After 13,500 miles, Olympic torch arrives in Salt Lake City
PARK CITY, Utah (AP) — Completing a 13,500-mile journey, the Olympic torch arrived in Salt Lake City Thursday, entering the same way the Mormon pioneers did 155 years ago — aboard a covered wagon, rolling down Emigration Canyon with the broad sweep of the Salt Lake Valley below.
Thousands of spectators cheered as a runner jumped out of the wagon and ran toward a small stage, where a brief speech was made by an actor portraying Brigham Young, who led the Mormons here from Illinois in 1847.
About 11,500 people have carried the torch through 46 states since it began its U.S. relay in Atlanta on Dec. 4.
Friday night, the flame will be carried into Rice-Eccles Stadium during the opening ceremony to light the Olympic cauldron, signifying the start of the games, which run through Feb. 24.
The identity of the final torchbearer, who will light the cauldron, remains a secret.
The last day of the marathon torch relay began at dawn in the northern Utah city of Ogden. It passed through midway, where cross-country skiers will compete. Families there lined the streets, waving flags and cheering.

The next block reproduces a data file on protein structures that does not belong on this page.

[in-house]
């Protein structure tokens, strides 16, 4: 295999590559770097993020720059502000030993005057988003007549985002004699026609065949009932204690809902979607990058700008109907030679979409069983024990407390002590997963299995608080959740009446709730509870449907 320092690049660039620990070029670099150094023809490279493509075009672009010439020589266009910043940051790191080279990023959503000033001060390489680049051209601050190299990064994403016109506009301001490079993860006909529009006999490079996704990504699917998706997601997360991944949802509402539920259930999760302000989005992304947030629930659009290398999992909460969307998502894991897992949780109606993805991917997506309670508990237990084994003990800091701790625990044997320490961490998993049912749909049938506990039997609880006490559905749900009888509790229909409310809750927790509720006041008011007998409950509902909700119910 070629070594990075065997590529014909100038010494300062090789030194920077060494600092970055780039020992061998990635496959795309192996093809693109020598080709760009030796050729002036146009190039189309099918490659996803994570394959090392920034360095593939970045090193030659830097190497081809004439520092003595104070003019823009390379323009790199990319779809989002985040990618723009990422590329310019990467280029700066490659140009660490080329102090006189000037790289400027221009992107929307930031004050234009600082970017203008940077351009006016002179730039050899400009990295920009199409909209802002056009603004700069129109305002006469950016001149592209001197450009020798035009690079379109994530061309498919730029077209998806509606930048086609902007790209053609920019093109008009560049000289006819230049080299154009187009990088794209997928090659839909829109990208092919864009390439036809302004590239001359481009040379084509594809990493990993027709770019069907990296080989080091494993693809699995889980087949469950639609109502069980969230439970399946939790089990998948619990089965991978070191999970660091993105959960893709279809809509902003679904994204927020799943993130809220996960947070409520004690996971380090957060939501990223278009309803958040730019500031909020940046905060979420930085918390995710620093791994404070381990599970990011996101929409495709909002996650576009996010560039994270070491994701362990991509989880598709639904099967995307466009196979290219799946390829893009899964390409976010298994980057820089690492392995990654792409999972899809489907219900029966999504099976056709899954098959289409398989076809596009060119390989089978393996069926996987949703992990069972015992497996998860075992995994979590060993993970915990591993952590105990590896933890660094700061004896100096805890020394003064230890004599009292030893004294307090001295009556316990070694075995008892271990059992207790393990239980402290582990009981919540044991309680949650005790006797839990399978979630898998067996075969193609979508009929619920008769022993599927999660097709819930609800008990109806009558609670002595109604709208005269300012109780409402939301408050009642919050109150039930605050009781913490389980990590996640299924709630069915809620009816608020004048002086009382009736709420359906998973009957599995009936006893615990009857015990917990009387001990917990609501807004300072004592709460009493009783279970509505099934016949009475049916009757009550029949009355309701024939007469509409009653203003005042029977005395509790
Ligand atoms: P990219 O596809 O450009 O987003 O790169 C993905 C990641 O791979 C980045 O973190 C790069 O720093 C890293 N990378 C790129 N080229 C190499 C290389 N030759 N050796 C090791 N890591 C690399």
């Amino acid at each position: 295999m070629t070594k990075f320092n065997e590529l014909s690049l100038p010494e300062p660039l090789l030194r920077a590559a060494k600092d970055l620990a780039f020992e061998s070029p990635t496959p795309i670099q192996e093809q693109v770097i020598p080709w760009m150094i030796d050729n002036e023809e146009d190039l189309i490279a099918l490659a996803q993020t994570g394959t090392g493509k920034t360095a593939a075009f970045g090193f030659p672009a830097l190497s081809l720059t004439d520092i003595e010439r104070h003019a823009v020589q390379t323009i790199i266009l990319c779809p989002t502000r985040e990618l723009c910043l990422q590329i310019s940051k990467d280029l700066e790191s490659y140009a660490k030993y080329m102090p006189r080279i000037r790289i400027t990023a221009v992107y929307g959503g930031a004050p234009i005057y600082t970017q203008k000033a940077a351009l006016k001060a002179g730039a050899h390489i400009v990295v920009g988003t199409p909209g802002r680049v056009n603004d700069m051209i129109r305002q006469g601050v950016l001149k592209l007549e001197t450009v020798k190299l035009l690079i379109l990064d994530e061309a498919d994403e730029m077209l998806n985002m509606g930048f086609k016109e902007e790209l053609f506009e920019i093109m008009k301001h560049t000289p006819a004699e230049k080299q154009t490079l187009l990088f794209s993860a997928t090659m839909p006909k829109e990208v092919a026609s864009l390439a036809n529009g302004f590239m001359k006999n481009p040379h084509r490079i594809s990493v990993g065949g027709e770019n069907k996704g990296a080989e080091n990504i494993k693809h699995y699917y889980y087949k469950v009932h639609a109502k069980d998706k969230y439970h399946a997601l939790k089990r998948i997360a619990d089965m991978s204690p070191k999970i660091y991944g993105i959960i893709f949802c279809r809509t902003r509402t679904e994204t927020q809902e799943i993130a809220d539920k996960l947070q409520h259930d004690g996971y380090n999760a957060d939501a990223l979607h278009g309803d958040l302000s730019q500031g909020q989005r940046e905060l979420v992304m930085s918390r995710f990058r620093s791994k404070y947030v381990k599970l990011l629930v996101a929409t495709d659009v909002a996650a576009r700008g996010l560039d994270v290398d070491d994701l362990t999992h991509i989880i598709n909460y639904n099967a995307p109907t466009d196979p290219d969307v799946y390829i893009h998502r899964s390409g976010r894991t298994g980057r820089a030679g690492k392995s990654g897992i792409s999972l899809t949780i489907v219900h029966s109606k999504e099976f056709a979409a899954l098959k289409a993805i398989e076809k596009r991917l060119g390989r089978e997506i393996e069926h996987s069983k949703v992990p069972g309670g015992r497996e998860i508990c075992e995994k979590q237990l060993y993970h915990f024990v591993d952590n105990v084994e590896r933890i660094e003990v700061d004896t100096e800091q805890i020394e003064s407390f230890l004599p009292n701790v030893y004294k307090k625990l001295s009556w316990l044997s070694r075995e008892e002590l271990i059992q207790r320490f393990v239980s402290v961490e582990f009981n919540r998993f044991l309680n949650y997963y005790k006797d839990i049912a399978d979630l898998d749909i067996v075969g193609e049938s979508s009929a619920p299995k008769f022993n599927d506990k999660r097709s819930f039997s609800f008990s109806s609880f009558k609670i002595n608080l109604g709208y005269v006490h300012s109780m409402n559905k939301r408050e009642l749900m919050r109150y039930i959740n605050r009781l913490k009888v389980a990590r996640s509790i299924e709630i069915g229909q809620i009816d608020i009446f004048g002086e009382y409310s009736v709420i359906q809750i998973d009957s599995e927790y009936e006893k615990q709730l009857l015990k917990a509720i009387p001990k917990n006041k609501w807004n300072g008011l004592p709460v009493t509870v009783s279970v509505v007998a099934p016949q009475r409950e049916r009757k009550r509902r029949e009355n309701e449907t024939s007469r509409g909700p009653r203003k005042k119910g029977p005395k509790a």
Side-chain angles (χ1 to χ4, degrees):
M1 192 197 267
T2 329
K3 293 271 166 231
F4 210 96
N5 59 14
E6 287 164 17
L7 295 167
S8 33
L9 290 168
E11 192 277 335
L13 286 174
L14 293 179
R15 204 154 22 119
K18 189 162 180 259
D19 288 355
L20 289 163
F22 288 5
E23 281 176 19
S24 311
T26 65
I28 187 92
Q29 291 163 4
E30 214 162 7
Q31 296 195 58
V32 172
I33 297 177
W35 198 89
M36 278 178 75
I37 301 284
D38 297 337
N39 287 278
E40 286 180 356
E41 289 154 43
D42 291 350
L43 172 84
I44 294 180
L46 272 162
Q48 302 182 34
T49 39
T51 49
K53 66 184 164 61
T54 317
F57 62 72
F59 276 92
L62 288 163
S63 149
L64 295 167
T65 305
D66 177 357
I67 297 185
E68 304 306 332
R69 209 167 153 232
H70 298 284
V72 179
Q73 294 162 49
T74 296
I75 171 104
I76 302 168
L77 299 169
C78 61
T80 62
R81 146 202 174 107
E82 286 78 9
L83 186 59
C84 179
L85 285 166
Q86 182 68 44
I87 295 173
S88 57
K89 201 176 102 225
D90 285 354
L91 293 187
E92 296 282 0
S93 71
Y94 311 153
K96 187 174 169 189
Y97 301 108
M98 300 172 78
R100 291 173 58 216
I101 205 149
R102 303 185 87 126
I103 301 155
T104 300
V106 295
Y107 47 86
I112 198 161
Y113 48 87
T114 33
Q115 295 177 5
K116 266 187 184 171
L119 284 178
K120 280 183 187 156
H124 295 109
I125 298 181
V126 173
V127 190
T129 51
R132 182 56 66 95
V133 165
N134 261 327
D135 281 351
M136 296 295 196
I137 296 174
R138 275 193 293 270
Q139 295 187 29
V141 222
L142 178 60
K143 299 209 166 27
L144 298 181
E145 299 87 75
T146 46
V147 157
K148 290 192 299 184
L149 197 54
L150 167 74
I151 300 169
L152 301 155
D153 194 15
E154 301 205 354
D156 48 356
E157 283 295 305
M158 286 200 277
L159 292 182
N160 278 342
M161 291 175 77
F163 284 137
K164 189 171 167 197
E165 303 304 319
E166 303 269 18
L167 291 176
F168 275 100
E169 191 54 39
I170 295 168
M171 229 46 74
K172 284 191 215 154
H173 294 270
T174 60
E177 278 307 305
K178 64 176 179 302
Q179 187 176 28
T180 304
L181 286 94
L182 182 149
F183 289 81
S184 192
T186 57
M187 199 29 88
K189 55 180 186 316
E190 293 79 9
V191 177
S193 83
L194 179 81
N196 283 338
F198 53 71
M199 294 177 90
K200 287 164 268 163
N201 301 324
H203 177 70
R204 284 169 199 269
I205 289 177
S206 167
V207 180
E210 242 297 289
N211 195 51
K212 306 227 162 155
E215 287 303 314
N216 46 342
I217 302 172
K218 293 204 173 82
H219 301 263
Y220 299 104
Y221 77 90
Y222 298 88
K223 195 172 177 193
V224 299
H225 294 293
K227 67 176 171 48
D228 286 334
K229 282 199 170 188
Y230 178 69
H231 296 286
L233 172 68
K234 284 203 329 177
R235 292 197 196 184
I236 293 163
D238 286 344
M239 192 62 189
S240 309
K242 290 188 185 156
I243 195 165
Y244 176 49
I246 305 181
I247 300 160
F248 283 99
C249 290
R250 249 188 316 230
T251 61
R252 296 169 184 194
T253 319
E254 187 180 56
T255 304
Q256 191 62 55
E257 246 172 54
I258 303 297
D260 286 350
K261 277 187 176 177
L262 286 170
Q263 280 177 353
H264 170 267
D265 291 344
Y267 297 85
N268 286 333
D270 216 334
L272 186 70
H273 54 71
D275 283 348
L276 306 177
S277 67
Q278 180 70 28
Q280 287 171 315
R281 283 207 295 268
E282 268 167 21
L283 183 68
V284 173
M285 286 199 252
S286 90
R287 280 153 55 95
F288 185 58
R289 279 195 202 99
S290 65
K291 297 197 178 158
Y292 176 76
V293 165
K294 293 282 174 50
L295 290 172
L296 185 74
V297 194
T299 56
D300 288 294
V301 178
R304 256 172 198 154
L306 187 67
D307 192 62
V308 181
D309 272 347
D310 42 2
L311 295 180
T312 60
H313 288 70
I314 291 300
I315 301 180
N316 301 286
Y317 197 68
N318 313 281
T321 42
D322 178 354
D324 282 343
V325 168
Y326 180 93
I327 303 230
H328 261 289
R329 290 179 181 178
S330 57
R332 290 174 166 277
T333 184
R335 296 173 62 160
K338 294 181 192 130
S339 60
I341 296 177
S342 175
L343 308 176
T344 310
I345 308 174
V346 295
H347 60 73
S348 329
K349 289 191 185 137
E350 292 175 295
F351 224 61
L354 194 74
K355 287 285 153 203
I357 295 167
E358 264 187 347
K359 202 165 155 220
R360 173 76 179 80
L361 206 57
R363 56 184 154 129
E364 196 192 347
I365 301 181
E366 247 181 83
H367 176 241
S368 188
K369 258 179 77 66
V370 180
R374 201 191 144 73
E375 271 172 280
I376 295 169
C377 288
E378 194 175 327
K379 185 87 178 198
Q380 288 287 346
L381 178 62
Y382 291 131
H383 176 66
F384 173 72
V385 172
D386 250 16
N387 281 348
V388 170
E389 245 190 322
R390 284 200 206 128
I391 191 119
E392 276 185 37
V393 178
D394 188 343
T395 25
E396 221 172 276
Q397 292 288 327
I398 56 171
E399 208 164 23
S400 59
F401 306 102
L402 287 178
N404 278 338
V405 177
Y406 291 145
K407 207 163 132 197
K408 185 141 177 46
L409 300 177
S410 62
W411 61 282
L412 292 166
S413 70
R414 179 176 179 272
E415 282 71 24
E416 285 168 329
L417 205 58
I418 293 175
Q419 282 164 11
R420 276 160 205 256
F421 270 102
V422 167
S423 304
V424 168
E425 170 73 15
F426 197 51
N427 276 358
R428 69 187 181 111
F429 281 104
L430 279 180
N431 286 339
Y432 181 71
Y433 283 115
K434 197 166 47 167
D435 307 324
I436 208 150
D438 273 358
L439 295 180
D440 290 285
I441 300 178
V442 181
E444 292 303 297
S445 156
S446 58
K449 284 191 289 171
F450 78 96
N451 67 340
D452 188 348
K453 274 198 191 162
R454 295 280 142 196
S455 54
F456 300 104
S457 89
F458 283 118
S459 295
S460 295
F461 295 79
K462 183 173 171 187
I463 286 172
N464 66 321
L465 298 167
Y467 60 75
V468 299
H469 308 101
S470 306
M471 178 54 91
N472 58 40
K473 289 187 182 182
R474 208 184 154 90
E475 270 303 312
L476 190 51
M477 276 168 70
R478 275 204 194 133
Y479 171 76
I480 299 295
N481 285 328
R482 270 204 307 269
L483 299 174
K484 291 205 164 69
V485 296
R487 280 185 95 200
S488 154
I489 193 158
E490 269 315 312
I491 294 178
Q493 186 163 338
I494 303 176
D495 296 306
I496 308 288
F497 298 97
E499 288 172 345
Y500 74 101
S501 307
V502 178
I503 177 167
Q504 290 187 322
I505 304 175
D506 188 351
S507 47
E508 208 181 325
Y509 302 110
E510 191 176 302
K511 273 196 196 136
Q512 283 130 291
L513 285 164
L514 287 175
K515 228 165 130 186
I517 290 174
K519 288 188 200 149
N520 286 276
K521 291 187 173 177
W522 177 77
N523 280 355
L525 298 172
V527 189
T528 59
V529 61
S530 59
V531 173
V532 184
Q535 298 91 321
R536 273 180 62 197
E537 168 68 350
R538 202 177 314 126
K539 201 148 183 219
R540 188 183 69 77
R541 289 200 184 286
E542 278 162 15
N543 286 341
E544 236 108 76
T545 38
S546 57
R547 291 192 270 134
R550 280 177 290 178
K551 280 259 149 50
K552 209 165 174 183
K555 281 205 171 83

The flame took a slow four-mile run from Soldier Hollow to Heber in a cauldron aboard the Heber Creeper, an old coal-fired train. About 800 people gathered at the train station to greet the flame.
The torch was driven to Park City, home to slalom skiing and snowboarding events. Thousands of people — many in ski gear — crowded Main Street as the torch came to the historic silver mining town.
Kelly Milligan, a member of the 1984 U.S. cross-country ski team, ran the torch Thursday afternoon before passing it to her older sister.
“Honestly, I was really self-conscious. I didn’t fall, break the torch or singe my hair,” she said, laughing.
The torch passed through the Olympic Village, by the state Capitol and on to Temple Square, home to the Mormon Temple.